In my own contribution to the Dundalk conference I highlighted some findings from ESPON research on cross-border co-operation. Success tends to come when initiatives are bottom-up, but they need a commitment of resources. Culture, economy, natural environment, tourism or infrastructure are typical foci of cross-border working. What is needed is political will, a legal framework to enable efficient co-operation and a shared vision for trans-border regional development.
So one option would be to produce a macro-regional strategy for the Irish Sea. Four macro-regional strategies currently have EU endorsement, those for the Baltic Sea Region, the Danube Region, the Adriatic and Ionian Region and the Alpine Region, with work progressing towards one for the Carpathian Region. Similarly, under the recently adopted European Urban Agenda, 12 urban partnerships have been set up. Each has a theme, but so far none of them has focused on health and well-being, a topic that should connect Dublin and Belfast but also other UK cities. The urban partnerships bring together the member states, the Commission, local authorities and other stakeholders such as businesss or NGOs, and focus on practical actions to deliver smart, sustainable and inclusive growth.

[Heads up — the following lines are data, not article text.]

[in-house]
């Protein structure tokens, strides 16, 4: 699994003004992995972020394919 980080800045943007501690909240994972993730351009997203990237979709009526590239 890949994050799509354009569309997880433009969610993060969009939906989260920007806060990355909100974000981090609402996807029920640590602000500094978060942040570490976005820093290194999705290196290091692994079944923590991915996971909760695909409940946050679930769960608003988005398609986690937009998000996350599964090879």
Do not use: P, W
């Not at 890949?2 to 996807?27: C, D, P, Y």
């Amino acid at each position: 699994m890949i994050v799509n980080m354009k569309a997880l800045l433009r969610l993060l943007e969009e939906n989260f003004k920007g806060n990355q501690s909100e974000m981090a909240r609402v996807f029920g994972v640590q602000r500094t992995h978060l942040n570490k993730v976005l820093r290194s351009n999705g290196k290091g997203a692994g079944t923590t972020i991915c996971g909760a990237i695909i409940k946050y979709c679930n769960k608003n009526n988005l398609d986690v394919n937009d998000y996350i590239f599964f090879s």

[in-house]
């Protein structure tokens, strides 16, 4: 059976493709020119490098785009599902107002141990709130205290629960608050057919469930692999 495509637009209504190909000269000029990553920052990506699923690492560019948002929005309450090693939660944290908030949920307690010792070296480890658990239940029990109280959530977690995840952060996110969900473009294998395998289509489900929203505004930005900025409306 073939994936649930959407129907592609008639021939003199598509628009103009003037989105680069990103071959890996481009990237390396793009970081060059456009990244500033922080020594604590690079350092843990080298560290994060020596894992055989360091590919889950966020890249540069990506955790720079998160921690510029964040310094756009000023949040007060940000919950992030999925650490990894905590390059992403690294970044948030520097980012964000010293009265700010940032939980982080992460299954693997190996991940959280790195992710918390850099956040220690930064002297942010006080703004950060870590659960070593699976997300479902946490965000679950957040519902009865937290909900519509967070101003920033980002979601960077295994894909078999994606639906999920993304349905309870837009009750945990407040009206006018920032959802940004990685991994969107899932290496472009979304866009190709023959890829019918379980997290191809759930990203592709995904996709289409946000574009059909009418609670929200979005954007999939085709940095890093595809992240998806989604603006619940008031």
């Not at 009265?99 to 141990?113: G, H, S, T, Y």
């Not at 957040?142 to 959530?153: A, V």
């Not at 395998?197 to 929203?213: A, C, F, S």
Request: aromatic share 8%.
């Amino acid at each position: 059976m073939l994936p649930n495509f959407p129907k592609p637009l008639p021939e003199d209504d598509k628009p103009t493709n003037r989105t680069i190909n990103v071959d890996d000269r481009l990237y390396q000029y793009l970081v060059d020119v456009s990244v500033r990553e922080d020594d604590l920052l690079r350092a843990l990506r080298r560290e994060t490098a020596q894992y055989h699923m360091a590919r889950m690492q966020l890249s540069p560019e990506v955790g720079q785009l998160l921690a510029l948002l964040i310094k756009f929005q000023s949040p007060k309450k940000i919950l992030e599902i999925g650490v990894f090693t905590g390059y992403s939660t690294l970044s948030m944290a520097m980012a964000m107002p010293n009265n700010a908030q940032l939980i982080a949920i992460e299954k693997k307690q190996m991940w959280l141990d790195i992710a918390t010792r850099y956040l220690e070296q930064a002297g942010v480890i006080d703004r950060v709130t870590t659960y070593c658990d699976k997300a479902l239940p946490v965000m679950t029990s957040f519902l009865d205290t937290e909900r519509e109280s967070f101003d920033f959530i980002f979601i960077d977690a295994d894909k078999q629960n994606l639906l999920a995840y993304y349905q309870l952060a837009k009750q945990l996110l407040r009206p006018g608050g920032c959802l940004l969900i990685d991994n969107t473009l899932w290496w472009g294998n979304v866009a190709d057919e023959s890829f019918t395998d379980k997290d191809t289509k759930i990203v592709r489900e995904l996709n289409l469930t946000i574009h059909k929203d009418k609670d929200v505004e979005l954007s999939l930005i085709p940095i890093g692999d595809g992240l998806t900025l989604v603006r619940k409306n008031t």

For a legal instrument to facilitate cross-border working there is the option of forming a European Grouping of Territorial Cooperation. Hungary and Ukraine for example use this to work together. Member states, regional or local authorities, or other associations can be members of an EGTC.So why not create an EGTC to develop a shared vision for the borderlands between the two parts of Ireland post-Brexit?
Last but not least there is always the opportunity to put in proposals for a targeted analysis project by ESPON. The deadline for proposals is 26 Janurary 2018. Meanwhile a recent ESPON report is calling for the mainstreaming of territorial cooperation in the post-2020 structural funds.
In the short term, I am pleased to see that RTPI has taken up my idea to build on the Dundalk event by doing a quick territorial impact analysis of hard and soft Brexit scenarios for the island of Ireland. If such an assessment has already been done – and it should have been – then it is not in the public realm, so the RTPI could prompt much needed discussion and debate.